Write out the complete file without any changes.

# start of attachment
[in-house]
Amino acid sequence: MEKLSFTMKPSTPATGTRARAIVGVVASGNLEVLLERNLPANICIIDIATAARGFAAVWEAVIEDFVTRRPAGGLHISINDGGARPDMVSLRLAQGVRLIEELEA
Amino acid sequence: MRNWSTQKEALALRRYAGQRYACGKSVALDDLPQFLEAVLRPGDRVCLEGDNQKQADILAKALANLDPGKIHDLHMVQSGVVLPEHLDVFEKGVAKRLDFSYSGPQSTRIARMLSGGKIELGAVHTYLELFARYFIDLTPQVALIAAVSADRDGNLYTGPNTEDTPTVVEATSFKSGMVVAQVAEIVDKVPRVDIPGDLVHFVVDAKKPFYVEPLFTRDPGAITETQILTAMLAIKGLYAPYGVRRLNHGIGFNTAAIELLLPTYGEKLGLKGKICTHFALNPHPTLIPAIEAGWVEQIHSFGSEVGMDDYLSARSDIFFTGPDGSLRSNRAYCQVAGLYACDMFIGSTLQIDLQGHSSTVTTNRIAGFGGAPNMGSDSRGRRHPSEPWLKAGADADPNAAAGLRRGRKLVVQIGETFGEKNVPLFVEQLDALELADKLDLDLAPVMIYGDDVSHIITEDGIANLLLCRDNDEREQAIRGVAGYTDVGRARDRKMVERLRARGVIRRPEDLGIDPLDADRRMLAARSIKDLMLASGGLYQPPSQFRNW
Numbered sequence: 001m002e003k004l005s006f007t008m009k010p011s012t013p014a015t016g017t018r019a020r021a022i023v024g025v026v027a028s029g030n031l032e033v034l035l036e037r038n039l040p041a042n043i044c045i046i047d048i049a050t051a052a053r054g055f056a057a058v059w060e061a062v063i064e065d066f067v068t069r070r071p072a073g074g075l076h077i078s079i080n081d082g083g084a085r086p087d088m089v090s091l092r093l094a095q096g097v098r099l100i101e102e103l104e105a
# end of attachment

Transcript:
[in-house]
Amino acid sequence: MEKLSFTMKPSTPATGTRARAIVGVVASGNLEVLLERNLPANICIIDIATAARGFAAVWEAVIEDFVTRRPAGGLHISINDGGARPDMVSLRLAQGVRLIEELEA
Amino acid sequence: MRNWSTQKEALALRRYAGQRYACGKSVALDDLPQFLEAVLRPGDRVCLEGDNQKQADILAKALANLDPGKIHDLHMVQSGVVLPEHLDVFEKGVAKRLDFSYSGPQSTRIARMLSGGKIELGAVHTYLELFARYFIDLTPQVALIAAVSADRDGNLYTGPNTEDTPTVVEATSFKSGMVVAQVAEIVDKVPRVDIPGDLVHFVVDAKKPFYVEPLFTRDPGAITETQILTAMLAIKGLYAPYGVRRLNHGIGFNTAAIELLLPTYGEKLGLKGKICTHFALNPHPTLIPAIEAGWVEQIHSFGSEVGMDDYLSARSDIFFTGPDGSLRSNRAYCQVAGLYACDMFIGSTLQIDLQGHSSTVTTNRIAGFGGAPNMGSDSRGRRHPSEPWLKAGADADPNAAAGLRRGRKLVVQIGETFGEKNVPLFVEQLDALELADKLDLDLAPVMIYGDDVSHIITEDGIANLLLCRDNDEREQAIRGVAGYTDVGRARDRKMVERLRARGVIRRPEDLGIDPLDADRRMLAARSIKDLMLASGGLYQPPSQFRNW
Numbered sequence: 001m002e003k004l005s006f007t008m009k010p011s012t013p014a015t016g017t018r019a020r021a022i023v024g025v026v027a028s029g030n031l032e033v034l035l036e037r038n039l040p041a042n043i044c045i046i047d048i049a050t051a052a053r054g055f056a057a058v059w060e061a062v063i064e065d066f067v068t069r070r071p072a073g074g075l076h077i078s079i080n081d082g083g084a085r086p087d088m089v090s091l092r093l094a095q096g097v098r099l100i101e102e103l104e105a